The Ballad of Black Tom
by Victor LaValle
Reviewed by Galen Strickland
There has been a resurgence of interest in H. P. Lovecraft of late, or possibly just a continued interest in the horror icon, maybe his influence has never waned. There have been both positive and negative aspects of this interest though. Several tribute anthologies of stories written in his style, or at least using his settings and characters, have been released. Then there was the World Fantasy Award controversy, with quite a few modern writers complaining about the visage of a known racist being used for that association's trophy. I've never read much Lovecraft, can't say I've liked those few stories, although I concede his stature in the realm of Weird Tales (both as a genre in general as well as that specific magazine). As far as I know, The Ballad of Black Tom has only been released on its own as part of Tor.com's novella program, not a part of any anthology. I haven't read any comments by LaValle concerning it, so I'm not sure if this should be considered an homage or a refutation of Lovecraft's work. What I do know is it features something Lovecraft would never have tolerated, an African-American main character.
This novella looks at the Lovecraft story "The Horror of Red Hook" from a different perspective. Can't recall if I had read it before, but I did just before reading LaValle's take. Like most Lovecraft, the prose is repetitive and verbose, but the story itself is interesting. New York police detective Thomas Malone has been traumatized by events he witnessed in the Red Hook section of Brooklyn. The new story alters those events somewhat, while also looking at them from the perspective of Charles Thomas "Tommy" Tester, a black man from Harlem, later known as Black Tom. Malone had been involved in a twofold investigation of Robert Suydam, one dealing with family members concerned about his competency, the other in relation to possible criminal activities in Red Hook and Flatbush. Tommy comes to Malone's attention when Suydam approaches the Negro on the street as he sits strumming his guitar. Suydam offers Tommy a large sum of money to play at a party at his house, but his ulterior motive is for Tommy to retrieve a book the black man had delivered to another mysterious person a few days before. Suydam has been collecting rare books of arcane knowledge, in attempts to penetrate the veil and awaken the Elder Gods.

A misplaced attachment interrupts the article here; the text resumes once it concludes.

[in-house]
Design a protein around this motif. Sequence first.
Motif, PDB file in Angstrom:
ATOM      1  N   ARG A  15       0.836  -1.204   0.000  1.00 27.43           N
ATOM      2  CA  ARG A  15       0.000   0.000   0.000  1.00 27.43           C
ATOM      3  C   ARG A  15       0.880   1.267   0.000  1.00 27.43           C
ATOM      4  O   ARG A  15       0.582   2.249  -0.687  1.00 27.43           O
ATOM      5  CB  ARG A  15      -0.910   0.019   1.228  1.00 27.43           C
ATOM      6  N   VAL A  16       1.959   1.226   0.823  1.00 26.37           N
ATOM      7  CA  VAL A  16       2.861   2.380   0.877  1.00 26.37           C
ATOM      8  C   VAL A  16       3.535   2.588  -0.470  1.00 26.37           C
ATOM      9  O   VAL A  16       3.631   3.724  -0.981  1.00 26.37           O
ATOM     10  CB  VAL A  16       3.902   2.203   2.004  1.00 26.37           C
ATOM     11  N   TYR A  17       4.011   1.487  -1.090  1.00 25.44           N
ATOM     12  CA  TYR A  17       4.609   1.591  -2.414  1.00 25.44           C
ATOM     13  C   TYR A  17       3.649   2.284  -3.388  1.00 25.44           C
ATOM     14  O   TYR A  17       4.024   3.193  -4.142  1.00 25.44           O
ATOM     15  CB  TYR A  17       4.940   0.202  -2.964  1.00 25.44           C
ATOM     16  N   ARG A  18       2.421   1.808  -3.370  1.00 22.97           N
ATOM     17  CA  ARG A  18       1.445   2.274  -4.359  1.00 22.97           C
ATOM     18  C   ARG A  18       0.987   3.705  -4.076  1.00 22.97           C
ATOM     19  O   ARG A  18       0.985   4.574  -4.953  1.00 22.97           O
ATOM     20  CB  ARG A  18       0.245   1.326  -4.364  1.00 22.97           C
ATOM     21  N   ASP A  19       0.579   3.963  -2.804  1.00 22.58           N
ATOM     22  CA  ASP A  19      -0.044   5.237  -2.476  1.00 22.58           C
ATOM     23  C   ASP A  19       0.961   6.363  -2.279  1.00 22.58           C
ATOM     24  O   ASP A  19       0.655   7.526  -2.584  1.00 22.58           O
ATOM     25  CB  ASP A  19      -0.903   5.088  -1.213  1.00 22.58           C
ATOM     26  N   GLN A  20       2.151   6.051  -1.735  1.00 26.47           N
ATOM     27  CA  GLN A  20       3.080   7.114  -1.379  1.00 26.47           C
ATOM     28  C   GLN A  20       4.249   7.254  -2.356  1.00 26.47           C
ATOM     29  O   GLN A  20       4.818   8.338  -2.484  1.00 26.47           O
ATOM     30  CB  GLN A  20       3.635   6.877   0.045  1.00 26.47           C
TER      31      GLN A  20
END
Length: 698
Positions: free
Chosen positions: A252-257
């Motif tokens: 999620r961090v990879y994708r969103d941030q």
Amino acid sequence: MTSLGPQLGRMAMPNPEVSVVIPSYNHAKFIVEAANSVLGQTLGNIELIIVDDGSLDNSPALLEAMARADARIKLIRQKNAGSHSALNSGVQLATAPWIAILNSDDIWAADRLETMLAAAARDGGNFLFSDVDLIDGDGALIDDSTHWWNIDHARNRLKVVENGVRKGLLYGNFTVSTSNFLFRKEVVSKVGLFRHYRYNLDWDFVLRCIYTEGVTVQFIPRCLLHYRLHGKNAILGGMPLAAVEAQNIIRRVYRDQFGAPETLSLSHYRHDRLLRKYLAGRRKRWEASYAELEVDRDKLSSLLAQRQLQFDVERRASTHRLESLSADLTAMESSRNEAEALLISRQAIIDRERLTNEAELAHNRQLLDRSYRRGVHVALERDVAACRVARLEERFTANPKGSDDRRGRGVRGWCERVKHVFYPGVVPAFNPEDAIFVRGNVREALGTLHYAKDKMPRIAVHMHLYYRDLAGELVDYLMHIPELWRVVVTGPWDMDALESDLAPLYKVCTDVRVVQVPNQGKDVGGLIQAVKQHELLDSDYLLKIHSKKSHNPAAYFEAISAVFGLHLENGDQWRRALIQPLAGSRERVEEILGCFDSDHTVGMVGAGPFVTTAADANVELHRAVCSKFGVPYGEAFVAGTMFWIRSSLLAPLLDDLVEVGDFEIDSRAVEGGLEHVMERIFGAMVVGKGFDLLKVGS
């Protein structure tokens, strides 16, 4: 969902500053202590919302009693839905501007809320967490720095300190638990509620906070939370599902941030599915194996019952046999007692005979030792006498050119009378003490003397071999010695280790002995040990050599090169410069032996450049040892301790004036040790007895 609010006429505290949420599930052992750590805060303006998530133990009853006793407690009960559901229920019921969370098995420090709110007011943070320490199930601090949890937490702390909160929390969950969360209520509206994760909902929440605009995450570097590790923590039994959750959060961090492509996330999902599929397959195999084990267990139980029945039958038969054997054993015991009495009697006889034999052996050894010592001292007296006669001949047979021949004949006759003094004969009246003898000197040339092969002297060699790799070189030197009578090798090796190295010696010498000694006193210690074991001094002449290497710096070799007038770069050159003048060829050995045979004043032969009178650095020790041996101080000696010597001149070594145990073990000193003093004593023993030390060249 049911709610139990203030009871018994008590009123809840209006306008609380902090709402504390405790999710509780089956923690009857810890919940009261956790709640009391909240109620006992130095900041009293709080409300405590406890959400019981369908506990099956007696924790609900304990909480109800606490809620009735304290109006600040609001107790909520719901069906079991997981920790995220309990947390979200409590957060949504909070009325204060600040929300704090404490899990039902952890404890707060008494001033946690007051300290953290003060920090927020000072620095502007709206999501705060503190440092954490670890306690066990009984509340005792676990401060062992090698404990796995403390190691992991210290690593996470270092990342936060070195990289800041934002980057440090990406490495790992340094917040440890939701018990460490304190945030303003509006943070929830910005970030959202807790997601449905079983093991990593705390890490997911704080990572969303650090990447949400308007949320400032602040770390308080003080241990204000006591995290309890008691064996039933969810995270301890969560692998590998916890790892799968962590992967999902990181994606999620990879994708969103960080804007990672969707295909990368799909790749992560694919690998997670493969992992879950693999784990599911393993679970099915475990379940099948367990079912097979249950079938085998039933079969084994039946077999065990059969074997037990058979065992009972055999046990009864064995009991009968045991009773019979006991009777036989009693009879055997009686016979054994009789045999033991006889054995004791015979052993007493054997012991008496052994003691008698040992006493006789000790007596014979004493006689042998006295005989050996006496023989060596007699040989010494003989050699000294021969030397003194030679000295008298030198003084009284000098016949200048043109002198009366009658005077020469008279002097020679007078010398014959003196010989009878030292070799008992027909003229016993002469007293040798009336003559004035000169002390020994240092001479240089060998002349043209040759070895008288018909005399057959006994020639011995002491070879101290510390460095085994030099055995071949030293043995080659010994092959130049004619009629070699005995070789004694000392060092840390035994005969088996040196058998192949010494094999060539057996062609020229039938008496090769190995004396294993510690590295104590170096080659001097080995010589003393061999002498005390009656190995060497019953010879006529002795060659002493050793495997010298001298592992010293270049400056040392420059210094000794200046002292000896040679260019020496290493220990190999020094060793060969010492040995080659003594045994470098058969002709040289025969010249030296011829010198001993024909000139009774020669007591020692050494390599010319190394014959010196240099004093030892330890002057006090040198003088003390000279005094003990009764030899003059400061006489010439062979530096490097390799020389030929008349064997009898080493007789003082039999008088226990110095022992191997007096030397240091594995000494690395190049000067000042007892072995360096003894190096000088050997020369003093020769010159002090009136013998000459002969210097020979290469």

It's definitely better written than Lovecraft's story, lucid prose and a more straight-forward plot. LaValle illuminates the plight of a man of color in New York in the 1920s, one whose appearance outside the confines of Harlem elicits harassment from the police and civilians alike. It also seems eerily like what many black men must still experience today. I guess I should seek out LaValle's thoughts on the story, since I'm conflicted in my interpretation. In the latter half of the story Tommy comes under the influence of Suydam's magical incantations, transforming into Black Tom. Up to that point I had viewed him as a sympathetic character, but his later actions repelled me. Is the author saying that black men are just as susceptible as whites to the corrupting influence of power? Should this be read as a black power fantasy, with Black Tom the hero exacting revenge for the oppression of his people? In the context of Lovecraft's milieu, all humans, black or white, are insignificant to the gods, although he would be appalled at the notion anyone but a white man could wield the powers of the gods. That alone is reason enough to celebrate this story, although it still leaves me a little cold. I would have preferred for Tommy to prevail through his wit and courage alone, not through the influence of an uncaring god.
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